I’m still uncertain of my feelings for this book, I felt like it started off strong, I was immediately intrigued and thought the concept interesting. A girl heads to a meditation retreat high up in the mountains, to search for answers surrounding the disappearance of her father. She becomes mesmerised then befriends three girls attending the summer camp, they slowly form a strange bond, she eventually uncovers their plans for enlightenment lead by the mysterious leader of the group revealing her ...more
Brittany Cavallaro
Gorgeous, compelling, richly textured. Like reading Megan Abbott doing Renata Adler, only even more original and electric than that. I loved this book.
Jessie Sedai of the Black Ajah🥀🐍
This book will change all your preconceived notions about what good writing is. Like the cover promises, it will blow your freaking mind.

Sometimes when I read a book I think to myself "Wow, I can write a book like this, I can one day make this happen." I'm happy. I'm content. I feel like it's a real possibility.

Well, this book is a real dream smasher.

It says "Don't quit your day job, idiot."

I don't care how many monkeys and how many typewriters are in a room. There is no way something like thi
Jan 16, 2020 rated it liked it  ·  review of another edition
The Lightness joins the ranks of recent novels that deal with the close bonds young girls form, and the uncanny which can accompany those relationships and the way they manifest. Temple creates an insulated little world from which to observe them, and though that observation is skewed by an unreliable narrator who knows she’s unreliable, watching them maneuver through their world and their friendships is still compelling. When Olivia addresses you as a reader it is disconcerting, which is what m ...more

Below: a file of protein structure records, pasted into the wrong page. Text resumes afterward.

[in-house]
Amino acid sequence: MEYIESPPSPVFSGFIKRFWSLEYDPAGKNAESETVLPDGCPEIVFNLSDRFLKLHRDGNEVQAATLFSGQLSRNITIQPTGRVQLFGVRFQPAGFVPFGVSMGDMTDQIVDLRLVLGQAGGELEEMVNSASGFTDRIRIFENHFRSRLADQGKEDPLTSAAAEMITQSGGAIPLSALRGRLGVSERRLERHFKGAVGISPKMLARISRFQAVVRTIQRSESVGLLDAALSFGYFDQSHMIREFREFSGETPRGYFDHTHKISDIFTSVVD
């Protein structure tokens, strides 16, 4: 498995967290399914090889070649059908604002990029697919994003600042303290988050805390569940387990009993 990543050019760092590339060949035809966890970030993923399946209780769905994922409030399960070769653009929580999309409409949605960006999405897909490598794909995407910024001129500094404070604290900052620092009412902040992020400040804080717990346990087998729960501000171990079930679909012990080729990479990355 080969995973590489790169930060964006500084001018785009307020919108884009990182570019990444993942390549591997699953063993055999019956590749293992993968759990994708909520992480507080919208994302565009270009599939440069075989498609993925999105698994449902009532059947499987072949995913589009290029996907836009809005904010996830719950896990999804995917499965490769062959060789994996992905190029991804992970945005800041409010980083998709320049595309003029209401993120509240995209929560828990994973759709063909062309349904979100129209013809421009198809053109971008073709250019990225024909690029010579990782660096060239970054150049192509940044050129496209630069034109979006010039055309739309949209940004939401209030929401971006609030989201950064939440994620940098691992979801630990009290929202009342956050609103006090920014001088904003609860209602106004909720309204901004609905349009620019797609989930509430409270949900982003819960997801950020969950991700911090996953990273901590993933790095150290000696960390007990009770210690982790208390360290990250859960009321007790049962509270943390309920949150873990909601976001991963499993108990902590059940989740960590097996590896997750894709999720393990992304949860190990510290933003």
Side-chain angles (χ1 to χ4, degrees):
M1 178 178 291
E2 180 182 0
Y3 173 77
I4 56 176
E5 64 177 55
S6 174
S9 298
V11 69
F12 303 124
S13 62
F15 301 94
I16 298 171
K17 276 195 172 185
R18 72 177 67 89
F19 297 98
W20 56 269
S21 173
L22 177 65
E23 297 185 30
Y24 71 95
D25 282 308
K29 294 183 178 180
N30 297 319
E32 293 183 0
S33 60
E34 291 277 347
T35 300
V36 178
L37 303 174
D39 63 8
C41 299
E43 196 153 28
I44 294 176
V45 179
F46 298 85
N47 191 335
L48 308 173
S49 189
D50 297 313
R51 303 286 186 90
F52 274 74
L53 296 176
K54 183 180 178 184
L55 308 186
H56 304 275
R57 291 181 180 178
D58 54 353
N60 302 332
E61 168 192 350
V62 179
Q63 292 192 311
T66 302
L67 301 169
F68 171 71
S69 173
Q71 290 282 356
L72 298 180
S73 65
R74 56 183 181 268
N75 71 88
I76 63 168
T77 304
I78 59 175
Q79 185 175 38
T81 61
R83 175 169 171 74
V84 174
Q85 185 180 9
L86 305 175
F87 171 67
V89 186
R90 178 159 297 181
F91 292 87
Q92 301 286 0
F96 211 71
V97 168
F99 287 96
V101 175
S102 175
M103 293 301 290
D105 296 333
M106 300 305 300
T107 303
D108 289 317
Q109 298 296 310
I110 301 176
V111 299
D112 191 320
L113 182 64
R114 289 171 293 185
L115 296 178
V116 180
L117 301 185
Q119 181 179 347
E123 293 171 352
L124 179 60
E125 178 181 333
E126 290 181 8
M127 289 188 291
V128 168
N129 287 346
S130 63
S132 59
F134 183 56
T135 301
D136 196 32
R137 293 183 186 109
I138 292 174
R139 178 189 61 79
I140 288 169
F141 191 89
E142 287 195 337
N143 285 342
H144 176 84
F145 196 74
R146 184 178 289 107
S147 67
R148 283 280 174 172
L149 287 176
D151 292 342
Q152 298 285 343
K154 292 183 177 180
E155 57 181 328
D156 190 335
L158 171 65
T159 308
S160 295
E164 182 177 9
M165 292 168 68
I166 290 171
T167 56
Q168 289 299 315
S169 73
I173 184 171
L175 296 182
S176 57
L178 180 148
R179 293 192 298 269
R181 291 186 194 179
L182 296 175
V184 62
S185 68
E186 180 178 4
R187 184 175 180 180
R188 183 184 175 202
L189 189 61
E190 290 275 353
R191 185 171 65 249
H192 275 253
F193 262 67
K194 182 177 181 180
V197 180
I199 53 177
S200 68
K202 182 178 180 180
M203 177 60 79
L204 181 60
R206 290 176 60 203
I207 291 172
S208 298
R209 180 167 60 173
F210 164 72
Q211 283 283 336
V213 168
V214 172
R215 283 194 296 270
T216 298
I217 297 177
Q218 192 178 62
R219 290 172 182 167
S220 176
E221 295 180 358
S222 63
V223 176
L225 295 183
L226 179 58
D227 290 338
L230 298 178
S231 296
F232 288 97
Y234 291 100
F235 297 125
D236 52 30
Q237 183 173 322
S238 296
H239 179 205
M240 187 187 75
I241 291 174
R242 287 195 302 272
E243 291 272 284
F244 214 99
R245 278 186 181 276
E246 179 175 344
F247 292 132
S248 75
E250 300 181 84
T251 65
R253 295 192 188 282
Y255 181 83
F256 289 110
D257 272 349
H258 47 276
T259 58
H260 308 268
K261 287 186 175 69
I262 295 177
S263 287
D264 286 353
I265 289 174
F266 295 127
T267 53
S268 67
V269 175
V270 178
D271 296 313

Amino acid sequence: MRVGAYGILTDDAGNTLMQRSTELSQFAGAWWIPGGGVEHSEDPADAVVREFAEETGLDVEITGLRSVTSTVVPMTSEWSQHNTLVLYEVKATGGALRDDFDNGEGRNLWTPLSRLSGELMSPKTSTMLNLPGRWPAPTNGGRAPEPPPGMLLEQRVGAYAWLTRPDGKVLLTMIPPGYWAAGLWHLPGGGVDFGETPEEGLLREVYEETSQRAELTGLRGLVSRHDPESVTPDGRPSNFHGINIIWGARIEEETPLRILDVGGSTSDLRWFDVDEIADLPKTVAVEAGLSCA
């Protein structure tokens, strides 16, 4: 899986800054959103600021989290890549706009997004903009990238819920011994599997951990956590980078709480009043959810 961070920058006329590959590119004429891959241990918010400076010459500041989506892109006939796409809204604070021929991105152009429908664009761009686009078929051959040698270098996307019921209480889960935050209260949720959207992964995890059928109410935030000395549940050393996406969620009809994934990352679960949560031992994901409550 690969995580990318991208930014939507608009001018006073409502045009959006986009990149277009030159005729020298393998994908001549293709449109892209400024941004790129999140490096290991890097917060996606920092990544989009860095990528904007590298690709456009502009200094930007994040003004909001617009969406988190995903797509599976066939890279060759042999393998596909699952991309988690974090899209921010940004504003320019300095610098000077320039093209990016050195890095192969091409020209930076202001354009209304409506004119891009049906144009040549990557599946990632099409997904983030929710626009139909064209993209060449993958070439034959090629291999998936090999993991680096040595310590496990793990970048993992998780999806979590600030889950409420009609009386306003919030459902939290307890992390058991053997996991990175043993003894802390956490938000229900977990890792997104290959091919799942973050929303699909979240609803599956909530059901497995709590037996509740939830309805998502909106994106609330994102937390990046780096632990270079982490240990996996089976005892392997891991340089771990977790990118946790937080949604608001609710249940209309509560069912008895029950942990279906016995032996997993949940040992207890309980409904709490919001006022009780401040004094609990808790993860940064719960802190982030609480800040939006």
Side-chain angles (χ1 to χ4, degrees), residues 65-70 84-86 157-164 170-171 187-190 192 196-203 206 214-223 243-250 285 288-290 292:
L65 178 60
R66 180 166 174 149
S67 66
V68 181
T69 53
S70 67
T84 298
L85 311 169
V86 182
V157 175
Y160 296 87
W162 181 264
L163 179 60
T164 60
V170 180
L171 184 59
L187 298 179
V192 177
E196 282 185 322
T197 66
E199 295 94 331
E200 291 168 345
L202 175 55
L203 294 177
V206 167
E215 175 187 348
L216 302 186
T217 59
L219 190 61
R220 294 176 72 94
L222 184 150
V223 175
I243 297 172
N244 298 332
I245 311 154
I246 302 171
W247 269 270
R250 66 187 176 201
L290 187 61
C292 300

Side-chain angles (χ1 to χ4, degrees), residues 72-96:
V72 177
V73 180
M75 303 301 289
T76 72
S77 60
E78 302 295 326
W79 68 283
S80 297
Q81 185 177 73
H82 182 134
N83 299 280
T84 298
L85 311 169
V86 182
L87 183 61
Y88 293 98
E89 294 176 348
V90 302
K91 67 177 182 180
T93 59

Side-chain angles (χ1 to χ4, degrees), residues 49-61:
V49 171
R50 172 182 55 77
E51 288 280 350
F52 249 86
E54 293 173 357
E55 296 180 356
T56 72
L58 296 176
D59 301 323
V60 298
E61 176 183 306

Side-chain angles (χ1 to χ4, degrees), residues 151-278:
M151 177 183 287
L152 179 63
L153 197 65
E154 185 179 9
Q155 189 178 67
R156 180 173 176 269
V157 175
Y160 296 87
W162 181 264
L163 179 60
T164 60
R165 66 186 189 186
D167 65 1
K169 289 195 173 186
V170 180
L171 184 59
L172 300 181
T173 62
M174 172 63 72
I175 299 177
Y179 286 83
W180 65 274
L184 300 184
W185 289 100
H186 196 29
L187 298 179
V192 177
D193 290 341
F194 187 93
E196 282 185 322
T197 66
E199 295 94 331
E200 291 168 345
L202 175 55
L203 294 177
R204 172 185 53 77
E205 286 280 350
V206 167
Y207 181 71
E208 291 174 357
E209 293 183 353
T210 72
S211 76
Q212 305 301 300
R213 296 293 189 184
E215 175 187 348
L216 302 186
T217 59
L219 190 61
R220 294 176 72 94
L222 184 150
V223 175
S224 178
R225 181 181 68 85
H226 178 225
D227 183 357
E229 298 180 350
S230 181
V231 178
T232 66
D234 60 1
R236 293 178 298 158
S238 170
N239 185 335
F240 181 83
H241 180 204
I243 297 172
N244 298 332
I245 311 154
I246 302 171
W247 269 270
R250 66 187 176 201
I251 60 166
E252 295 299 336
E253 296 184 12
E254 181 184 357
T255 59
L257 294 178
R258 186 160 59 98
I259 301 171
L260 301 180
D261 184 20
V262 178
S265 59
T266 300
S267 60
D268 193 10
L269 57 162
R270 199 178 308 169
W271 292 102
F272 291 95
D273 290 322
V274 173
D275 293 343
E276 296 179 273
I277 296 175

Dan Sheehan
Nov 22, 2019 rated it it was amazing  ·  review of another edition
If there is any justice in the literary world, this spellbinding novel will be one of the most acclaimed debuts of 2020. Darkly stylish, full of verve, acerbic wit, and shimmering intelligence, Temple’s debut is a mesmeric and unflinching exploration of adolescent female friendship and awakened sexual desire, as well as a fiery meditation on the obliterative nature of unwavering faith. Perhaps most impressively for a debut (for any novel, in fact): every sentence sings. If Donna Tartt rewrote Th ...more
Jul 21, 2020 rated it liked it
As I finished the last page and closed the book my first thought was “what the h__ did I just read!? This story is certainly interesting if not bizarre. It takes place in a Buddhist camp where bad girls go to meditate and learn good ways. Olivia is searching for her missing father and believes he was last seen at this camp. She becomes friends with a group of girls lead by the mysterious Serena. Serena believes in levitation and is determined to eventually be able to rise up in the air. Like I m ...more
Callum McLaughlin
Jun 16, 2020 rated it really liked it
Set largely across one balmy summer, The Lightness follows Olivia as she enrols herself in a program for troubled girls at a meditation retreat high in the mountains. With her father having attended the same retreat just before he disappeared, Olivia hopes understanding his Buddhist passions will help her feel closer to him – and perhaps even to figure out why he never returned home. Quickly befriending a small group of enigmatic outcasts, the girls become increasingly obsessed with proving true ...more
Circe Link
May 26, 2020 rated it it was ok
If you liked Never Let Me Go by Kazuo Ishiguro then this is prolly for ya. But sadly, this just wasn't my cup of tea. The niblets on Buddhism and like philosophies were witty and well researched, and made me wish there was less story and more of those. Kudos to anyone who climbs the Everest of writing a book let alone getting it published, I am sure to be the odd one out in my opinion on this one!
Thanks Goodreads for the give away!
Jul 06, 2020 rated it really liked it